Everybody feels sad once in a while. Depression, on the other hand, is a complex condition characterized by profound sadness, lethargy, feelings of worthlessness, and a loss of interest in social activities. About 15 million people in the U.S. are diagnosed with clinical depression each year.
First Things First: This Is Not Your Fault and It Can Be TreatedDepression is more than the blues. It's a chronic illness that, left untreated, can worsen. Educating yourself on the symptoms and treatments is the first step to feeling better.
MONDAY, April 20, 2015 (HealthDay News) — Lung cancer patients with less income and education are more likely to die within 30 days of cancer surgery than those with more education and money, a new study finds. The type of hospital where the surgery occurs also matters, said researchers who examined results of more than 215,000 [...]
By Steven ReinbergHealthDay Reporter THURSDAY, April 16, 2015 (HealthDay News) — Emergency Medical Services (EMS) workers who came to the rescue at the World Trade Center in New York City on Sept. 11, 2001, have some of the same chronic health problems that their colleagues in the police and fire departments do, a new study finds. When [...]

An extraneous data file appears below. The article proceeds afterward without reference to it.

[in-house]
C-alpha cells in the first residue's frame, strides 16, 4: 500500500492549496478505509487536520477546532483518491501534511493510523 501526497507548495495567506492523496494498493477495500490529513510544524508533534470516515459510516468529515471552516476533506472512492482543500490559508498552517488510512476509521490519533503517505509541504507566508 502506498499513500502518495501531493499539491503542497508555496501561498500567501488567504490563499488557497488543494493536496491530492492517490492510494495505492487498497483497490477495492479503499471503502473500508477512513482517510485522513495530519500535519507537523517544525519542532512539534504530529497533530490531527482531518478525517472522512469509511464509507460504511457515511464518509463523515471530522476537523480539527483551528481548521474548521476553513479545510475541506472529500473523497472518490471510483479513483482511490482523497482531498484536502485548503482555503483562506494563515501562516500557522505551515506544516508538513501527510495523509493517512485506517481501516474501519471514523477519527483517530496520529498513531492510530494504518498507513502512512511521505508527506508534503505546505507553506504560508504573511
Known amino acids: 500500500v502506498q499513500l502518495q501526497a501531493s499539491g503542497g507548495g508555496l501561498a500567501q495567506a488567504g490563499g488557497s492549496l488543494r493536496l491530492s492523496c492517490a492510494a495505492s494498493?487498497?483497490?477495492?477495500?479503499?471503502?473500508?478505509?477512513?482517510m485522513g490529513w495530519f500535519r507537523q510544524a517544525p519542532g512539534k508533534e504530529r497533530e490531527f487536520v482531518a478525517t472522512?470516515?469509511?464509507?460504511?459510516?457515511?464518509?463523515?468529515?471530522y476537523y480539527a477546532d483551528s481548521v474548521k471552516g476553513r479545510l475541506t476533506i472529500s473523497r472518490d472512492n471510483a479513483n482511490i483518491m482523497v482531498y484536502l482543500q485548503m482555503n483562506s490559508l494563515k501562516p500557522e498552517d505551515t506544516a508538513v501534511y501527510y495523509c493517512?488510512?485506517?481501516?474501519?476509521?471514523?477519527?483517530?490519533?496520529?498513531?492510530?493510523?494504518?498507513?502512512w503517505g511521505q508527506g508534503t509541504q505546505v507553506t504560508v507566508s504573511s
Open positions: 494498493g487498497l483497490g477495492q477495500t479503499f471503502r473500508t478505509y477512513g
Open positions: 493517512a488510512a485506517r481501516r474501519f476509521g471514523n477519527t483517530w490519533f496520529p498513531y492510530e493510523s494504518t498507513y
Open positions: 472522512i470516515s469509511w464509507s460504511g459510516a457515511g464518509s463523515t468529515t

THURSDAY, April 16, 2015 (HealthDay News) — Combat experience is one of the factors that increases the risk that U.S. soldiers will start smoking, a new study suggests. Researchers analyzed data from a long-term study to assess the long-term health effects of service in the U.S. military. The study began in 2001 and will continue until [...]
THURSDAY, April 16, 2015 (HealthDay News) — Quality of life can deteriorate for men due to the effects of prostate cancer and its treatment. But a new study shows that engaging in a regular walking regimen can improve well-being. The finding didn’t come as a surprise to one expert. “I am a big believer in [...]
By Kathleen DohenyHealthDay Reporter WEDNESDAY, April 15, 2015 (HealthDay News) — Depression and diabetes are each hard on the brain, and having both conditions may significantly raise the risk of dementia, according to new research. “What this argues for is, we need to do a better job of both identifying diabetes and depression and then really treating [...]
Depression: Real Patients, Real StoriesSkip to news content.
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